Spring 2006

**You may bring two 8.5 by 11 inch sheets of paper to the exam with
your notes on them. You may write on both sides.**

In addition to the material listed on the review sheets for Exams 1 and 2, review the following:

- Lectures since March 28.
- Readings:
- Ch 9 (skip sec 9.4 and sec 9.5)
- Ch 10. Read it all except:
- skim sec 10.1.2
- skip sec 10.2.2 and sec 10.2.3 (just remember that SAT is NP-complete),
- skip sec 10.3.2 (just remember that CSAT is NP-complete)
- skip sec 10.3.3 (just remember that 3SAT is NP-complete)
- skip sec 10.4.4 (just remember that HC is NP-complete)
- skip sec 10.4.5 but do read the part on p. 461 about TSP

- Quizzes 10-12 and their solutions (given in class)
- Homework assignment 6 and its solutions (provided in class)

The format of the exam will be some short answers and some "work-out" problems. Difficulty will be in between the quizzes and the homework. Here are some suggestions for things to know:

- definitions of
*decision problem*,*decidable*and*undecidable* -
*Church-Turing thesis*: TMs can compute anything we would think of as being computable - know in principle how to encode a TM as a binary string (details
are not important); this implies that all TMs can be listed
(in an infinite list)
- definition of L_d, the
*diagonalization*language; how to show it is not r.e. - recursive languages are closed under complement
- if L and its complement are both r.e., then both are recursive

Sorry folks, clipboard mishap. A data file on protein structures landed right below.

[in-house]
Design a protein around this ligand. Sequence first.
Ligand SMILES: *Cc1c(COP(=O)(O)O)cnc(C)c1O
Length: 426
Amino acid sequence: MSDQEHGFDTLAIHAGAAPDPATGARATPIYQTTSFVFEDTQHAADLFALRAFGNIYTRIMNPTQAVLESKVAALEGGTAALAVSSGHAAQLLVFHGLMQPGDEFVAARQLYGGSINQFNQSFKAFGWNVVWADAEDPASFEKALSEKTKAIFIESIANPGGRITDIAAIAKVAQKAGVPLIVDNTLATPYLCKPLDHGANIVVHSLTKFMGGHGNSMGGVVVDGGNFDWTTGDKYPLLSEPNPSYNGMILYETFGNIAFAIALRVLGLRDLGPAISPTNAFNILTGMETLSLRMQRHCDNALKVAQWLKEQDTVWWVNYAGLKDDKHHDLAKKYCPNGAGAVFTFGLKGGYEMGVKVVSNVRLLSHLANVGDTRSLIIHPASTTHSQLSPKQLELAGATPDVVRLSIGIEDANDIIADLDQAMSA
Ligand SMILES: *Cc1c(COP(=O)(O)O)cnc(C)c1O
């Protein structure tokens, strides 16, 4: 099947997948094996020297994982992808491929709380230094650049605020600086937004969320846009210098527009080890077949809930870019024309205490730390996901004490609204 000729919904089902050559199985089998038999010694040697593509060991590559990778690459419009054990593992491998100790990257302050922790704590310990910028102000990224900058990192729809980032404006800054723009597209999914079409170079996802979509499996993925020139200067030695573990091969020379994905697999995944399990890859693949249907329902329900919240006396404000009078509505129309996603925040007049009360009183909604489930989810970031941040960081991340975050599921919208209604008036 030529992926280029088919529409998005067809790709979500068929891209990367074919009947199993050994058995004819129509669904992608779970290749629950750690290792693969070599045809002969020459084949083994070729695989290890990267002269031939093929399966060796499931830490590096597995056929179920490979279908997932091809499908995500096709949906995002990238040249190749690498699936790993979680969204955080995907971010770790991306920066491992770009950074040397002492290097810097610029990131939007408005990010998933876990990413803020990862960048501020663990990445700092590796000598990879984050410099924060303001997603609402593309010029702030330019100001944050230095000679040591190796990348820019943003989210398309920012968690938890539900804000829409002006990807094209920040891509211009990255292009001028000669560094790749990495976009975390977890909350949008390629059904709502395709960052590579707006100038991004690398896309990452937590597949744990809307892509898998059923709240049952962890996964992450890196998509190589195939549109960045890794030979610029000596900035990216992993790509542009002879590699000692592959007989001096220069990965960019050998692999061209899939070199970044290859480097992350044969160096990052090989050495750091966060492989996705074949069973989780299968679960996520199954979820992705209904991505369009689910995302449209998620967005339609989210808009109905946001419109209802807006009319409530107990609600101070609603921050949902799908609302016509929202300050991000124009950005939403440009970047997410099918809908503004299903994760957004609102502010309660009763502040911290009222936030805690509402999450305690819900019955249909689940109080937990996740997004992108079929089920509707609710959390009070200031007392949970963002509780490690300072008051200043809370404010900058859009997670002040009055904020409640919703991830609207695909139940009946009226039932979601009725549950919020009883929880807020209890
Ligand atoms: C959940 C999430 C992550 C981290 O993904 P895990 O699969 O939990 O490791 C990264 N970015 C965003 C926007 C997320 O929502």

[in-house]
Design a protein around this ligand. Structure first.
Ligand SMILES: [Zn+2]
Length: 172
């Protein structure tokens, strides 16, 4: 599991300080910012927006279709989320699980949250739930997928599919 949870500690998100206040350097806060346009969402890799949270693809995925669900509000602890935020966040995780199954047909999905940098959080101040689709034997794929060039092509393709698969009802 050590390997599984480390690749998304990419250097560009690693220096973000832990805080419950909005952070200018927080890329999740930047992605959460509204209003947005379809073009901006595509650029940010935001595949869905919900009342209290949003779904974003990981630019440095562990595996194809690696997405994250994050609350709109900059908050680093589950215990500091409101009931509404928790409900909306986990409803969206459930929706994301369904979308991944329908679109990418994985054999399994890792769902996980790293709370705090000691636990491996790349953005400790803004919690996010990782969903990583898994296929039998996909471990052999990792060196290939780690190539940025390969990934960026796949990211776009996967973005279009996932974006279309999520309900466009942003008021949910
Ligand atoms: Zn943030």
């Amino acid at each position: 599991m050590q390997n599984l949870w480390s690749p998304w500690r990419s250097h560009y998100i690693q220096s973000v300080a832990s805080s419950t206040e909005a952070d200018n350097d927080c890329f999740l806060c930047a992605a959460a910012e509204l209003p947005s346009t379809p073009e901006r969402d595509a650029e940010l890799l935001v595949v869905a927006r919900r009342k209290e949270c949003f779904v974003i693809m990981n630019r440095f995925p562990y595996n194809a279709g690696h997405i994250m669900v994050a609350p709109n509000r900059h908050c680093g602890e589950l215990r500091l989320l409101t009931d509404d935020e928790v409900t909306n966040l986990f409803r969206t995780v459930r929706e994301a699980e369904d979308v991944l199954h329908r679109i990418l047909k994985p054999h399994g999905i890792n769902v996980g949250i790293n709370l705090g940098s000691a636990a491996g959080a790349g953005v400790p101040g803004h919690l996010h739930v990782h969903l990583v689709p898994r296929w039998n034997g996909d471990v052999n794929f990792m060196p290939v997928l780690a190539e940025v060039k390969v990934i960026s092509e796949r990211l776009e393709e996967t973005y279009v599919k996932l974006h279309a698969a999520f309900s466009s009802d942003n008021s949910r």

- definition of L_u, the
*universal*language; how to show it is r.e. but not recursive - definition of the
*halting problem*; how to show it is r.e. but not recursive - definition of problem P1
*reducing*to problem P2 and the implications thereof regarding decidability (and "r.e."-ness) of the two problems - definition of a
*nontrivial property*of the r.e. languages; statement (but not proof) of Rice's theorem; how to use Rice's theorem to prove that certain languages are not recursive - Definitions of time complexity for deterministic and non-deterministic
Turing machines, big-oh notation,
polynomial time for DTMs and NTMs, the sets P and NP.
- Why it is reasonable to think of P as the "tractable" problems.
- Why the question whether P equals NP is of practical importance.
- Definition of polynomial time reduction and its implications.
- Definition of NP-complete and its implications.
- Definitions of TSP, HC, SAT, CSAT, 3SAT, IS, NC (also called VC
for vertex cover).
- Statement of Cook's theorem.
- Know the two ways to show a problem is NP-complete: directly
with brute force vs. using a reduction. For reductions,
*be sure to get the direction correct!*

- Show a problem is not recursive or not r.e. using a reduction
- Show a problem is NP-complete using a reduction.
- Given a language, figure out how to classify it (regular, context-free, recursive, r.e., not r.e.) and prove it. For instance, if you decide a language is context-free but not regular, you could, for example, show a context-free grammar for the language and use the pumping lemma for regular languages to show that it is not regular.